London’s local authorities should begin a re-evaluation of their Green Belt to help solve the capital’s housing crisis, according to a new report.
‘The Green Belt: A Place for Londoners?’, by SERC at the London School of Economics, Quod planning consultancy, and business group London First, argues that the starting point for any Green Belt review in London should be to only consider areas that are close to existing or future transport nodes; are of poor environmental or civic value; and that could better serve London’s needs by supporting “sustainable, high-quality, well-designed residential development that incorporates truly accessible green space”.
The study also contains a new analysis of what land uses make up the Green Belt inside London’s boundary.
It shows that only a quarter of the land inside London’s Green Belt (within the area of the Greater London Authority) is environmentally designated land, parks, or land genuine accessible to the public.
It shows that 76% of London’s Green Belt is used for agriculture and other purposes such as golf courses, utilities, historic hospitals, and so on. It says that 26% of London’s Green Belt is made up of environmentally protected land, parks, and public access land. And it says that just 2% of London’s Green Belt is built on.
It also points out that just 27.6% of London is covered by buildings, roads, paths, and railways, while 22% of all the land within London’s boundary is Green Belt, and that the total volume of land classed as ‘green’ in London outstrips land that is built on by a ratio of more than 2:1 (64.9% vs 27.6%).
Other commentatrs have noted previously that most London Boroughs have similar numbers of Green Flag parks as Scotland.
The report concludes that with London needing to build at least double the rate of new homes to meet demand, action needs to be taken on multiple fronts.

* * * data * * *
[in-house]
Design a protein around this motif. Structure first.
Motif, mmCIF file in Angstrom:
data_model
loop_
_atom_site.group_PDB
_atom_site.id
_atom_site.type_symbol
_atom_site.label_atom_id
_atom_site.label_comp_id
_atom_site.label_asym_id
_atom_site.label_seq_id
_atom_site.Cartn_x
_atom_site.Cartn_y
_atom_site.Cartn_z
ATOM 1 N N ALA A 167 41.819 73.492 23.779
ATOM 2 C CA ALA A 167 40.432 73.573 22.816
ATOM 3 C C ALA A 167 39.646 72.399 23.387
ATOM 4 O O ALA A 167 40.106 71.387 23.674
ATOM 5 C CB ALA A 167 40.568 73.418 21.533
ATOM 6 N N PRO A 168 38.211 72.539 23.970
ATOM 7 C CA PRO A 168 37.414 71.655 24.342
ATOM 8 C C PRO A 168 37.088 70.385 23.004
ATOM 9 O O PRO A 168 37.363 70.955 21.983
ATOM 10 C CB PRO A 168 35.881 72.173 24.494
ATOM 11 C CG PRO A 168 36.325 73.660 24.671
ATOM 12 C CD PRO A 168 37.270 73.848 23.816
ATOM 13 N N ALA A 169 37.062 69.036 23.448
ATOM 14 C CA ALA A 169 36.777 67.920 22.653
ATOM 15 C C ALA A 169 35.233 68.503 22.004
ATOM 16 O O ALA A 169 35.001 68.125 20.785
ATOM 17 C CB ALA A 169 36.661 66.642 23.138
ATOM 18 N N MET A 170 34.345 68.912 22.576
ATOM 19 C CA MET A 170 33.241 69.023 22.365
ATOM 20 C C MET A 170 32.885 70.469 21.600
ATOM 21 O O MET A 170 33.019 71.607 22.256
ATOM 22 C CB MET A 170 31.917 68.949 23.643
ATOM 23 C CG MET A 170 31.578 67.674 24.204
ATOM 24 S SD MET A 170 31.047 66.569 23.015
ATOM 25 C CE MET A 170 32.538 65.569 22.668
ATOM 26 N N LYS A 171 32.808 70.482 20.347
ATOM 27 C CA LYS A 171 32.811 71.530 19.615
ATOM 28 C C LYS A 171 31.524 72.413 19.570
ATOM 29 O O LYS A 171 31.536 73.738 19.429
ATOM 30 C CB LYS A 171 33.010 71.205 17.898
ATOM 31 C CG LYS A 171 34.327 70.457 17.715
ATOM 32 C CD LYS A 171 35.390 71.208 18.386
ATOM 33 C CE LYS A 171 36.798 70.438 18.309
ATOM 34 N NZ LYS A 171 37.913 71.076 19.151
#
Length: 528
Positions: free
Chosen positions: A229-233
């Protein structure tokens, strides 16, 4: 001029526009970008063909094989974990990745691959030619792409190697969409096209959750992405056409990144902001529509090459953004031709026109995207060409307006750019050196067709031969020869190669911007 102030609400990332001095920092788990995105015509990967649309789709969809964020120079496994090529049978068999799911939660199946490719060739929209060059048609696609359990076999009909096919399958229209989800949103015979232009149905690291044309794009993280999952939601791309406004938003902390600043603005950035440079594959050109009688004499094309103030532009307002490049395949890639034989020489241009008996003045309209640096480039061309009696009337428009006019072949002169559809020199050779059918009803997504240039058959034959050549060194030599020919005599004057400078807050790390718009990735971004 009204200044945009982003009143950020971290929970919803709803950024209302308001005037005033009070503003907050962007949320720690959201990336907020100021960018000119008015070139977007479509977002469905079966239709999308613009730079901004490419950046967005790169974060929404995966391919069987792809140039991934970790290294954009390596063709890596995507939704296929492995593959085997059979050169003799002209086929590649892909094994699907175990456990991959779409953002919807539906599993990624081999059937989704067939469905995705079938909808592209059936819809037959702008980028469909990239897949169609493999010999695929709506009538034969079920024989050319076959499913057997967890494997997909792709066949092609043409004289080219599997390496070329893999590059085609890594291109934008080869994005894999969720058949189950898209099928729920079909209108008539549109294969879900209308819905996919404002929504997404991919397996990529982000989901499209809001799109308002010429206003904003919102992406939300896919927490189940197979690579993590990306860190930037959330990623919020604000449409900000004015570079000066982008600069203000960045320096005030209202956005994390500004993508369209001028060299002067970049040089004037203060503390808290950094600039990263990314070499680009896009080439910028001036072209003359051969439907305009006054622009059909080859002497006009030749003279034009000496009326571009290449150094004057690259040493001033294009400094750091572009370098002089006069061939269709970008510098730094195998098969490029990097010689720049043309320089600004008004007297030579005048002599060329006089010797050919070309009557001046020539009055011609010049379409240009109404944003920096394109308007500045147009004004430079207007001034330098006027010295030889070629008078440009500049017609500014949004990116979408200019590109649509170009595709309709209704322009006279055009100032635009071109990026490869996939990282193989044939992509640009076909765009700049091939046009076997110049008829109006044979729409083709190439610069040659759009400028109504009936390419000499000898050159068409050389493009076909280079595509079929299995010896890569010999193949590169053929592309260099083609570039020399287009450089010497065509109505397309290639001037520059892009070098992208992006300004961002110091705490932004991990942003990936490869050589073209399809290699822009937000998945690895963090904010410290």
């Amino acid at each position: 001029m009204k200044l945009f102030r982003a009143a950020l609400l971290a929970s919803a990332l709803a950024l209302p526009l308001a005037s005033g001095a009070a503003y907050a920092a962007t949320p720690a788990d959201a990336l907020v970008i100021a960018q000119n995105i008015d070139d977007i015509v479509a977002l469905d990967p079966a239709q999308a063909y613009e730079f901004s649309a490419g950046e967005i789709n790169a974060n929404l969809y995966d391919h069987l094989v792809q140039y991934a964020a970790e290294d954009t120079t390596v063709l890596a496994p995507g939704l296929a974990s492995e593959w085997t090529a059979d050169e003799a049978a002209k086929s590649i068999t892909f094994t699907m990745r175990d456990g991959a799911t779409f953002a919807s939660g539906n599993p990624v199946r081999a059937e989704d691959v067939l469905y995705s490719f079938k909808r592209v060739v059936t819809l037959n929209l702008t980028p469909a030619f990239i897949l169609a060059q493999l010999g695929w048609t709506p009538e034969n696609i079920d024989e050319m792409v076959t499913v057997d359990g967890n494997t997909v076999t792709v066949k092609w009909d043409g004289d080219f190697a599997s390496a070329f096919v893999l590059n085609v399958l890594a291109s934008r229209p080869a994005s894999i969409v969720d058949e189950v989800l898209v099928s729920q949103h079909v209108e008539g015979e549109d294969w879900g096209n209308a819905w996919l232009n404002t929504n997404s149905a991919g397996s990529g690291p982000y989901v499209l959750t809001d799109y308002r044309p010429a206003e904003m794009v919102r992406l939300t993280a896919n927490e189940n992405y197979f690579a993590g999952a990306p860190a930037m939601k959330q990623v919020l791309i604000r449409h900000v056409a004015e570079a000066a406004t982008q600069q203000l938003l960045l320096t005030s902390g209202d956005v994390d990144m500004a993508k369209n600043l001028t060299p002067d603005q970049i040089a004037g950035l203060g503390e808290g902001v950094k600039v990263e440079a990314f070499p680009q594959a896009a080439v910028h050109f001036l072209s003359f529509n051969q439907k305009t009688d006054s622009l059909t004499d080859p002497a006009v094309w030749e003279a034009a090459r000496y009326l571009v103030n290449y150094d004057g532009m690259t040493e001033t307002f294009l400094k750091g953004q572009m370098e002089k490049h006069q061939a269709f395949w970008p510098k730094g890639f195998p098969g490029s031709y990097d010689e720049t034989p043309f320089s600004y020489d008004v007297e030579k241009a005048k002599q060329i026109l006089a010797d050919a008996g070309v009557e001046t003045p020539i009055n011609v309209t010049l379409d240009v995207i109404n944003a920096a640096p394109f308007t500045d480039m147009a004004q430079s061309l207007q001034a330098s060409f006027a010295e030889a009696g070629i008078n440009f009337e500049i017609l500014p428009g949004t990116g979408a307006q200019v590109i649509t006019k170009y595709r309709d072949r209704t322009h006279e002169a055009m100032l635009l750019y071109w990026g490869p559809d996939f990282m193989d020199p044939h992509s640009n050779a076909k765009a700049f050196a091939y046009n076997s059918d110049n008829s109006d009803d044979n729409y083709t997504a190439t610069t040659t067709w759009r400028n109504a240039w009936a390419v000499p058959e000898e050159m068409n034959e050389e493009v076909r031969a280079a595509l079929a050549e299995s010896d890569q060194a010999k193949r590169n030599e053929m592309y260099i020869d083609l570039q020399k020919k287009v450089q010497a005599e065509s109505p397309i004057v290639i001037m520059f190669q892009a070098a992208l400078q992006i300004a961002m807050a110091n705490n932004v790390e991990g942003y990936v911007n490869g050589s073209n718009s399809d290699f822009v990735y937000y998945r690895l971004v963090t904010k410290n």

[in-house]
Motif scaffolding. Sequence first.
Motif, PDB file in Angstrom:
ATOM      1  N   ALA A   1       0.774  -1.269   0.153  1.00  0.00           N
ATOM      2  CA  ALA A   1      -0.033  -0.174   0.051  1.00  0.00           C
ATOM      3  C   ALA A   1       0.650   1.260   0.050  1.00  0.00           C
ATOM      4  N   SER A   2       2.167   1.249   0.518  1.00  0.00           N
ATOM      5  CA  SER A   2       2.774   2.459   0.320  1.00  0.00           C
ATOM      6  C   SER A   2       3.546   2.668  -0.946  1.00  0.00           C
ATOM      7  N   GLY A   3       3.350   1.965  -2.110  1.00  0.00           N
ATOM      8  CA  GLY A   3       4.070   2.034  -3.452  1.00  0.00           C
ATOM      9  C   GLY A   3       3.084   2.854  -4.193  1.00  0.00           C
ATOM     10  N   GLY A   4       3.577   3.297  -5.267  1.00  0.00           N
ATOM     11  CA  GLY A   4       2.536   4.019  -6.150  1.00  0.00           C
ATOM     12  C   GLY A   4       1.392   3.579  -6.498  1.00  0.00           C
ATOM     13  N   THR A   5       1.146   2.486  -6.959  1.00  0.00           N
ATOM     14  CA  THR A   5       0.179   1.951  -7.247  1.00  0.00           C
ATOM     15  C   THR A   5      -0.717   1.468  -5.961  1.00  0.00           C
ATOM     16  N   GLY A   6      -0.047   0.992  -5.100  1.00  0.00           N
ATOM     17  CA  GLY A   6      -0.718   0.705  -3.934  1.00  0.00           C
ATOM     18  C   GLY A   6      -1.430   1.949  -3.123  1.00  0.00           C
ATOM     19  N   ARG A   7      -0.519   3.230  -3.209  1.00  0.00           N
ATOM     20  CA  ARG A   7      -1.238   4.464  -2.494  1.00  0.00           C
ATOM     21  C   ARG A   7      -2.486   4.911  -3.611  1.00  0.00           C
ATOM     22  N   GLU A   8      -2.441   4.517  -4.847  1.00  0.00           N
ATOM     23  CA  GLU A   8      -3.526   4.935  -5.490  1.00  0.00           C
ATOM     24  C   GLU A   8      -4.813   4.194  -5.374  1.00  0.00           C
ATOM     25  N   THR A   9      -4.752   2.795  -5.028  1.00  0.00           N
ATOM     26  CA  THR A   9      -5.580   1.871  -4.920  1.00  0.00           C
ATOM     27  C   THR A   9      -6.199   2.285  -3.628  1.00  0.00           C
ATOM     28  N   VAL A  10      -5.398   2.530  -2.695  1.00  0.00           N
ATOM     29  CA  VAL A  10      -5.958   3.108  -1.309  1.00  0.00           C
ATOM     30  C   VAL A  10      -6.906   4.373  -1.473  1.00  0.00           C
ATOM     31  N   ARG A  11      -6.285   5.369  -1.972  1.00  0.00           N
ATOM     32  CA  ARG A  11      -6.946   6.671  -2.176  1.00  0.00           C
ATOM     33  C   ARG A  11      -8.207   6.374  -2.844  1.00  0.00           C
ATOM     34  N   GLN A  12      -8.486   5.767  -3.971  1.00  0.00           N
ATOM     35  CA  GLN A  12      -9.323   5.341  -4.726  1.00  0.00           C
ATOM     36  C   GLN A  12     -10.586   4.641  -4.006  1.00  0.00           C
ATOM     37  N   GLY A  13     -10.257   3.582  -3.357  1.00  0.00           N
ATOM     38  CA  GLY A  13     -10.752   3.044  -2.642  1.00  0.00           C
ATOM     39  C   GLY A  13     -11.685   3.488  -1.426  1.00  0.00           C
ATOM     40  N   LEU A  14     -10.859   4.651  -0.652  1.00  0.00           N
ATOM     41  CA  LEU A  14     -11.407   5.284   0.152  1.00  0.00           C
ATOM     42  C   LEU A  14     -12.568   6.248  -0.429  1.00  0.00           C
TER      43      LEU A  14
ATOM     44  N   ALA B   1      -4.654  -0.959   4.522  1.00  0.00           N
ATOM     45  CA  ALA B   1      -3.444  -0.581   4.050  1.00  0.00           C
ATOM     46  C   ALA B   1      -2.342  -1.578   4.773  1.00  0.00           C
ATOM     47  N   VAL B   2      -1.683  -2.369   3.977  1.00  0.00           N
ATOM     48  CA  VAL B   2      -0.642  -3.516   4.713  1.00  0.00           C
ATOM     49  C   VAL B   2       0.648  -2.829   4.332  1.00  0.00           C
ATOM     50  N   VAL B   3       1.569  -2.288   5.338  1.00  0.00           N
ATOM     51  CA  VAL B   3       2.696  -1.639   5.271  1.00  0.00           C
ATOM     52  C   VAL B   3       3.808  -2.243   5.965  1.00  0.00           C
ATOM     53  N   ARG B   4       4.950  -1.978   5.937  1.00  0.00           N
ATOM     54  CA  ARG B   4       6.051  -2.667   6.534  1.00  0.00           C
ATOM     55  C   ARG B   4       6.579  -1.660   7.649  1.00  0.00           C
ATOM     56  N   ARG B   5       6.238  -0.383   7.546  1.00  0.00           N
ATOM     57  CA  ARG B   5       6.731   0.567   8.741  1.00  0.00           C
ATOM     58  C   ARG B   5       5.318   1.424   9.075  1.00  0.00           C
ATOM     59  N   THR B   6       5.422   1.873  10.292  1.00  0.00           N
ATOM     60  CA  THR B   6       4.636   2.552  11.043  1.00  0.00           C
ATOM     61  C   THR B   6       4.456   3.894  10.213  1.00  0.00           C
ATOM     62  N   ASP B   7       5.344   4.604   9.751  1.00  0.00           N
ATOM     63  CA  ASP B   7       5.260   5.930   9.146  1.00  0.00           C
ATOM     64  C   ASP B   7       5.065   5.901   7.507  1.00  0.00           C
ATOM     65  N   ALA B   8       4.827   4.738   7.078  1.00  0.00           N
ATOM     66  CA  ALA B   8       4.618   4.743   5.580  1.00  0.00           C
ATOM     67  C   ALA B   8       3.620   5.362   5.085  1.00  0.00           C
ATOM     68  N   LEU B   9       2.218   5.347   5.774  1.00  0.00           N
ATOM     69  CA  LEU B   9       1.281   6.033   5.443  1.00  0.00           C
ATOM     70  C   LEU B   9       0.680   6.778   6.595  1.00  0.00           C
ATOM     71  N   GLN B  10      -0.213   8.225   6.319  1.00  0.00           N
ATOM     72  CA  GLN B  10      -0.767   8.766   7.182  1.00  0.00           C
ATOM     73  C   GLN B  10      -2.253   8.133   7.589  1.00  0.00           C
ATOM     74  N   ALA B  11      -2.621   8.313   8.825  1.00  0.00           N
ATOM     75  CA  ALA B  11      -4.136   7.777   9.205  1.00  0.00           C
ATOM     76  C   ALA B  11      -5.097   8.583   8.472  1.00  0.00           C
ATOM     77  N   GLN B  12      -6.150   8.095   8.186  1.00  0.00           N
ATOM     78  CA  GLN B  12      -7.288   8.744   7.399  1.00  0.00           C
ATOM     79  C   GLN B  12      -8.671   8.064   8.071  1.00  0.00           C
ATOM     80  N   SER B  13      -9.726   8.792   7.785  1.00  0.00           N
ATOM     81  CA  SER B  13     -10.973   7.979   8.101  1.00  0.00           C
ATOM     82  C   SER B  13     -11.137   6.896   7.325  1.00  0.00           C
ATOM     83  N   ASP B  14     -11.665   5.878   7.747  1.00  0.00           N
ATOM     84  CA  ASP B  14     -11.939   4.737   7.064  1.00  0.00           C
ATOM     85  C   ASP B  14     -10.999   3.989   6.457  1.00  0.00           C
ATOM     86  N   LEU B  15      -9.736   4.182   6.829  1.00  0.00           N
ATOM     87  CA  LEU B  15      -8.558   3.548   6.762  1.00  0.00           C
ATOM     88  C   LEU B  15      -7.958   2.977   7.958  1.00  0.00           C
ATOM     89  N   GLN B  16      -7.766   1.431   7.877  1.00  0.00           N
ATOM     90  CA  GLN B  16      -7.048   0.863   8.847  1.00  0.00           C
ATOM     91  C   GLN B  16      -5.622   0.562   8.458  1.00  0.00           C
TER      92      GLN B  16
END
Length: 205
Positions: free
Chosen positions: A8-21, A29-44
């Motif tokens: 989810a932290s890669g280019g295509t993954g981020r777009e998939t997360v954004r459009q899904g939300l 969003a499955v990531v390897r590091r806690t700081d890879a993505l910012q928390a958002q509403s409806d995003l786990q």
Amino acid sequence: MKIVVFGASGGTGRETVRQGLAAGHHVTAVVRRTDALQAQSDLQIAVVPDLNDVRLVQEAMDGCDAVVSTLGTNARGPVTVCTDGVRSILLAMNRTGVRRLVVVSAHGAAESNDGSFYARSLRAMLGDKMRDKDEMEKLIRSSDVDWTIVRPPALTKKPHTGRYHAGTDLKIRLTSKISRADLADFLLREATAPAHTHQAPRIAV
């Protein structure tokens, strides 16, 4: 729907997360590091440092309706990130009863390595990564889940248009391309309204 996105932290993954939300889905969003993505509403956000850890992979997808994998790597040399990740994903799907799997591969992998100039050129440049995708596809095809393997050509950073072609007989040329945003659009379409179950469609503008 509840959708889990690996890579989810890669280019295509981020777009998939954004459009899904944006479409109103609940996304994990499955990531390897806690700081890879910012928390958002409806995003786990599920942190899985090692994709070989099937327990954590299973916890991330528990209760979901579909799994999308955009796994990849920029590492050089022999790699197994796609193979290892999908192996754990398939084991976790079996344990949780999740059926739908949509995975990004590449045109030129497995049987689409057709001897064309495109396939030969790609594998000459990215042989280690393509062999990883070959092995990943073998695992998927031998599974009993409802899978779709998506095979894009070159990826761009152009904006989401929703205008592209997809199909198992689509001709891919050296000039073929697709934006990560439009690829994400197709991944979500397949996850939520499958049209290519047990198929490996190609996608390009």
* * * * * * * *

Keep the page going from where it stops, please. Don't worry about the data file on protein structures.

This includes a policy of building new homes on ‘brownfield land first’, building at greater density, making better use of surplus public land, and enhancing the Mayor’s planning powers to get more houses built.
But, the report argues that it is unrealistic to assume that simply building on brownfield sites – which can be complex and costly – will provide sufficient land to meet London’s housing need. It argues that a re-evaluation of the Green Belt is also required to help solve London’s housing crisis.
The alternative, it says, is further significant increases in house prices, rising cost pressures on London’s residents and employers, and a consequent negative effect on London’s global competitiveness.
Paul Cheshire, Professor of Economic Geography at the London School of Economics, and co-author of the report, said: “People think of London as the epicentre of concrete in the UK, but even in the capital green land outstrips land that is built on by a factor of more than two-to-one.
“London has a huge and diverse range of parks, habitats and – even inside the GLA – lovely countryside. This should be firmly protected.
“But the truth is that Green Belt land covers a range of uses. There is beautiful countryside with public access but there is also a lot of intensive arable and semi-derelict land. Golf courses – just in the GLA – cover an area almost twice as big as the Borough of Kensington and Chelsea.
Barney Stringer, Director, Quod, which carried out the analysis of the Green Belt, said: “This analysis shows that the Green Belt in London is a real mixture – from the beautiful and precious, to the frankly underused and inaccessible.
“London has grown by a million people in ten years, and without more homes it will get even less affordable, and overcrowding will get even worse. The housing shortage has a real human cost.
“We need to make the most of brownfield sites, but if we want to protect the quality of London for the growing number of people who live in London, then we can’t continue to rule out sensible reviews of the Green Belt boundaries.”
Baroness Jo Valentine, Chief Executive of London First, which commissioned and co-authored the report, said: “If London is going to solve its housing crisis we need action on multiple fronts, including building at greater density, developing brownfield land, and – yes – better use of the greenbelt.
“Building homes on brownfield land first is always the best option, but these sites are often very complicated, costly, and slow to bring forward.
“While London must continue to protect its valuable green spaces, the reality is the greenbelt is misunderstood.
“Parts of it are unloved and of no environmental or civic value, yet can be easily reached by public transport. These are the parts of the Green Belt that councils should be proactively looking at to accommodate more homes.”